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Irreversible water storage declines predicted in parts of Asia by 2060



The Tibetan Plateau, known as the “water tower” of Asia, supplies freshwater for nearly two billion people who live downstream. New research led by scientists at Penn State, Tsinghua University and the University of Texas at Austin projects that climate change, under a scenario of weak climate policy, will cause irreversible declines in freshwater storage in the region, constituting a serious the water supply for central Asia and Afghanistan and a near-total collapse for Northern India, Kashmir, and Pakistan by the middle of the century.


“The prognosis is not good,” said Michael Mann, distinguished professor of atmospheric science, Penn State. “In a ‘business as usual’ scenario, where we fail to meaningfully curtail fossil fuel burning in the decades ahead, we can expect a substantial decrease — that is, nearly 100 percent loss — of water availability to downstream regions of the Tibetan Plateau. I was surprised at just how large the predicted decrease is even under a scenario of modest climate policy.”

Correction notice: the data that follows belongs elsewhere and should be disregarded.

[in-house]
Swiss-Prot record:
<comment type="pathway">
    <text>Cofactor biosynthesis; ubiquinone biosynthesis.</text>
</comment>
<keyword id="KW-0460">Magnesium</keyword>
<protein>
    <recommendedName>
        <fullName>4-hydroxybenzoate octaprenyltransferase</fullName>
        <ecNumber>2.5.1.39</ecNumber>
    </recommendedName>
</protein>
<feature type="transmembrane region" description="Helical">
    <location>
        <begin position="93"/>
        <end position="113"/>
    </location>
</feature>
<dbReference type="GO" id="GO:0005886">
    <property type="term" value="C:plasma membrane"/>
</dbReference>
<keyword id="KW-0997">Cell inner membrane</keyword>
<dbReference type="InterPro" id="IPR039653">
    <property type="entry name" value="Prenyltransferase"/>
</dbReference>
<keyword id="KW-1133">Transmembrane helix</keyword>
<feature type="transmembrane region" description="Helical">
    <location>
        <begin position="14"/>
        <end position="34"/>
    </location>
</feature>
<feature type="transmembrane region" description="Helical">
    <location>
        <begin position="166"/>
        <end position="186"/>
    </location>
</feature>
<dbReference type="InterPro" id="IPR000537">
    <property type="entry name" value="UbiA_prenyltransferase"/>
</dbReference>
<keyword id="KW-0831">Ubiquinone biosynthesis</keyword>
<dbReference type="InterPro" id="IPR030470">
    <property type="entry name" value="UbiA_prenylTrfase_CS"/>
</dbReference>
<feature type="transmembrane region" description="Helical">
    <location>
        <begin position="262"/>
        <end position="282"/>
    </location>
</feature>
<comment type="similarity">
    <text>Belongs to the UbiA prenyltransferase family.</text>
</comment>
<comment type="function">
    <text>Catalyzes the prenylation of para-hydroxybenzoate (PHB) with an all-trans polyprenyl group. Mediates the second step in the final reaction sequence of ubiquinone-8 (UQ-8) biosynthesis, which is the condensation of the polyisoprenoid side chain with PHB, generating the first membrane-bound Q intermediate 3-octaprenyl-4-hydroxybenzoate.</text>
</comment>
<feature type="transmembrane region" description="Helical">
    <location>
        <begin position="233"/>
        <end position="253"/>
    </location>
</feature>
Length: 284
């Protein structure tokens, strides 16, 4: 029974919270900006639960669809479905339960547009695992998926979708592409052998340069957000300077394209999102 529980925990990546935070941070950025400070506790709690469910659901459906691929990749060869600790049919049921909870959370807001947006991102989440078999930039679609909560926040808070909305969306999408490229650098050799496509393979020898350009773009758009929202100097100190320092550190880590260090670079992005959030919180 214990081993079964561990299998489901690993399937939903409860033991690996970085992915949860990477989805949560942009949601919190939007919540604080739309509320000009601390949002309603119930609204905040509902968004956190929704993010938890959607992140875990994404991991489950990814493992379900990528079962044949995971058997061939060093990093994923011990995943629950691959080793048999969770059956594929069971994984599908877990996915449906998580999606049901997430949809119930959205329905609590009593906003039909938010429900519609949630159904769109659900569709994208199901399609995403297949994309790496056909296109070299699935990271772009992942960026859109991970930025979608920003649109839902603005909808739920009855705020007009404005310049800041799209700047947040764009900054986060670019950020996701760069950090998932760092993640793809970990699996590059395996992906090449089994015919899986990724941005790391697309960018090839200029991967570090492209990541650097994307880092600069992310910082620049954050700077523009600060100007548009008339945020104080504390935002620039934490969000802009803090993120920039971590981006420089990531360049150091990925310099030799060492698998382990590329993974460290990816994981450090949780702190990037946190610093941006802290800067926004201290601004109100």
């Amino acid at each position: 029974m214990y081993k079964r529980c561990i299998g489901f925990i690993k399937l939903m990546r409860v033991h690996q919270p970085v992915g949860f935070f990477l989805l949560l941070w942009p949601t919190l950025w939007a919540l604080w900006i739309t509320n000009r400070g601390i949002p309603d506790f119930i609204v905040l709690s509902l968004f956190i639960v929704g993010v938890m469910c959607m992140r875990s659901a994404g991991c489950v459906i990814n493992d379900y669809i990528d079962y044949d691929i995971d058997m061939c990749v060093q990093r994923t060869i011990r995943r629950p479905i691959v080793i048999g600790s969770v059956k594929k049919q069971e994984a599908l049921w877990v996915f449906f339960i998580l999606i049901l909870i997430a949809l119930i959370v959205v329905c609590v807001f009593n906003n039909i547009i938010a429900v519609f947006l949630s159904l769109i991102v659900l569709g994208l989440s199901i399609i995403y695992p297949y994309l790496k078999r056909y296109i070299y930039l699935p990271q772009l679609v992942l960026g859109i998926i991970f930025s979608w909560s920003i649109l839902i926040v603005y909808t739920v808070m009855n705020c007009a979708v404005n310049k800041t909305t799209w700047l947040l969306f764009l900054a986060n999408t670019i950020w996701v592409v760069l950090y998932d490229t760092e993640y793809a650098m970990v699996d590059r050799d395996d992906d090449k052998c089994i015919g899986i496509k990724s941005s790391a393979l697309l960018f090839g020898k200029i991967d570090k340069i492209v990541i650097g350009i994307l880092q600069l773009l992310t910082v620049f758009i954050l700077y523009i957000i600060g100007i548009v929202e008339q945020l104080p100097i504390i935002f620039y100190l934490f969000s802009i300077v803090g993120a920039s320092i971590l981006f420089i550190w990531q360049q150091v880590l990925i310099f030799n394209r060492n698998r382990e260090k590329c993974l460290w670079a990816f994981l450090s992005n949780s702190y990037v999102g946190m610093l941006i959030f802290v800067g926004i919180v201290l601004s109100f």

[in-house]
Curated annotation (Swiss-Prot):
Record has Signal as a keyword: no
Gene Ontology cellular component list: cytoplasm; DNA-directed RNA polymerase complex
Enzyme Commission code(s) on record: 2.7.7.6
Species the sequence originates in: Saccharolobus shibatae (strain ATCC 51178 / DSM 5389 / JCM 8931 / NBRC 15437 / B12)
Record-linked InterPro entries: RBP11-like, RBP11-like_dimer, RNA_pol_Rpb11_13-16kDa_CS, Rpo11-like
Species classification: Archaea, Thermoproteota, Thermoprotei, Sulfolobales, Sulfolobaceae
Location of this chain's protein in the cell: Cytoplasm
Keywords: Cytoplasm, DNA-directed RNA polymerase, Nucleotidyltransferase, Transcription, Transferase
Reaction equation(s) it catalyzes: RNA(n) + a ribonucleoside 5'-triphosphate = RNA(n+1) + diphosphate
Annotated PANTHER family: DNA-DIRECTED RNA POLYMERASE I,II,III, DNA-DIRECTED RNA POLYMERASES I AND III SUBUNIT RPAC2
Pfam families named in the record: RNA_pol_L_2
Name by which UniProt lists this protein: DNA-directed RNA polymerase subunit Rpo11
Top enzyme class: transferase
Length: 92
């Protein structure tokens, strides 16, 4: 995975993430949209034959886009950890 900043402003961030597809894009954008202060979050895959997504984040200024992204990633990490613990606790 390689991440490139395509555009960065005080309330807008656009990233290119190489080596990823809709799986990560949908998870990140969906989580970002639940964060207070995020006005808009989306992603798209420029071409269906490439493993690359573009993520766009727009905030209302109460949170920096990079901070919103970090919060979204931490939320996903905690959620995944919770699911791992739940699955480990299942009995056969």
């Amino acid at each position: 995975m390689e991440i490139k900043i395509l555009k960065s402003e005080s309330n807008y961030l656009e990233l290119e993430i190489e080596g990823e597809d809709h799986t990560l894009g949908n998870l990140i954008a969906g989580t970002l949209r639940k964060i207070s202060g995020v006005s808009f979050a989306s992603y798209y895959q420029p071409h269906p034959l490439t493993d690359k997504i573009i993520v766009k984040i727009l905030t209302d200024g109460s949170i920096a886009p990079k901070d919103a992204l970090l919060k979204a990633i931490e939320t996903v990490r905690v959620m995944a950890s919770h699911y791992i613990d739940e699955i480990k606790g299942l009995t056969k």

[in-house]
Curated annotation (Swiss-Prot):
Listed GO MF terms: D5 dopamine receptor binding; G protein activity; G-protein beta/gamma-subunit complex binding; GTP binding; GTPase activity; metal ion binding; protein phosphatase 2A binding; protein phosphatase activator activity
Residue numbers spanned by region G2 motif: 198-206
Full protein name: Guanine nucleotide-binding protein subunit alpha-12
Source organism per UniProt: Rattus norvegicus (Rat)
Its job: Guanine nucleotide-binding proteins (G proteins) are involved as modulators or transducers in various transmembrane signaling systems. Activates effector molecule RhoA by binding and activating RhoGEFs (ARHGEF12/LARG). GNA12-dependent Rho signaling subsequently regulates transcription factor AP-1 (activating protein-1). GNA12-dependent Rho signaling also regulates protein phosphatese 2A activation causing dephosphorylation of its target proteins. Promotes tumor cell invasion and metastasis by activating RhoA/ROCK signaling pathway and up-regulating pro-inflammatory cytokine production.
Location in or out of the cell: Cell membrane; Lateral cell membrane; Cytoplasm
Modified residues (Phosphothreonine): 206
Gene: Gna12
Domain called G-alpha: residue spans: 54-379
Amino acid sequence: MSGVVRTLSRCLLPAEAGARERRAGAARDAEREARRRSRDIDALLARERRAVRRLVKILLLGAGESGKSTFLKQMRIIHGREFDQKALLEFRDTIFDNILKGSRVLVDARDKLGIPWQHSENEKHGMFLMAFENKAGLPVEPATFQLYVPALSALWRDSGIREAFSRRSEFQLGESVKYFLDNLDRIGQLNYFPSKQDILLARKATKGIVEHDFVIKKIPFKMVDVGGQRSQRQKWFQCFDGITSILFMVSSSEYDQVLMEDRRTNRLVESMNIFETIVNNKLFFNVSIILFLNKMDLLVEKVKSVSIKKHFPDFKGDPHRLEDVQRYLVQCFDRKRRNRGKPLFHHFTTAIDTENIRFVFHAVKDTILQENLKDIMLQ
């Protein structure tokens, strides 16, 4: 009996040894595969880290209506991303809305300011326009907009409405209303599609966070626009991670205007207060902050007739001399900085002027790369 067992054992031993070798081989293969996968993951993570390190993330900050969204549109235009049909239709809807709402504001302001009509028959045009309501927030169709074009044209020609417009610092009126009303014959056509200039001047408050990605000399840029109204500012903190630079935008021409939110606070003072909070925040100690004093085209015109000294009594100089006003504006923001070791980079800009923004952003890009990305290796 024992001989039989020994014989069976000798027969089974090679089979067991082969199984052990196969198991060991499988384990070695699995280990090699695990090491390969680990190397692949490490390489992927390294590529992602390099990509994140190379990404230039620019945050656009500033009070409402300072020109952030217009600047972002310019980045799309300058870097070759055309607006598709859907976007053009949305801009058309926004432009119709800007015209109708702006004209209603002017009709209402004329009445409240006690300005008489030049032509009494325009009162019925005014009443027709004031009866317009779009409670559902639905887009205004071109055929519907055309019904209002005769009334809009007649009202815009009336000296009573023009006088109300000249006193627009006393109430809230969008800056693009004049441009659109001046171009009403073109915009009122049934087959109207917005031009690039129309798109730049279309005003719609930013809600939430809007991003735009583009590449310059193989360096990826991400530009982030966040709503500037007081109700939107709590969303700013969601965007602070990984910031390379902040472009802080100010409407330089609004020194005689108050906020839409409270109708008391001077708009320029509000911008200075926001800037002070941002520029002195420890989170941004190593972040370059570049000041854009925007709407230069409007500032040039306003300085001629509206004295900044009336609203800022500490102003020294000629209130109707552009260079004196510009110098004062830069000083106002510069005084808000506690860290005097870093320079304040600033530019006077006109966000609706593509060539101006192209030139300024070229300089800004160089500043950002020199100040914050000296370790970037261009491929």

According to the researchers, despite its importance, the impacts of climate change on past and future terrestrial water storage (TWS) — which includes all the above- and below-groundwater — in the Tibetan Plateau have largely been underexplored.


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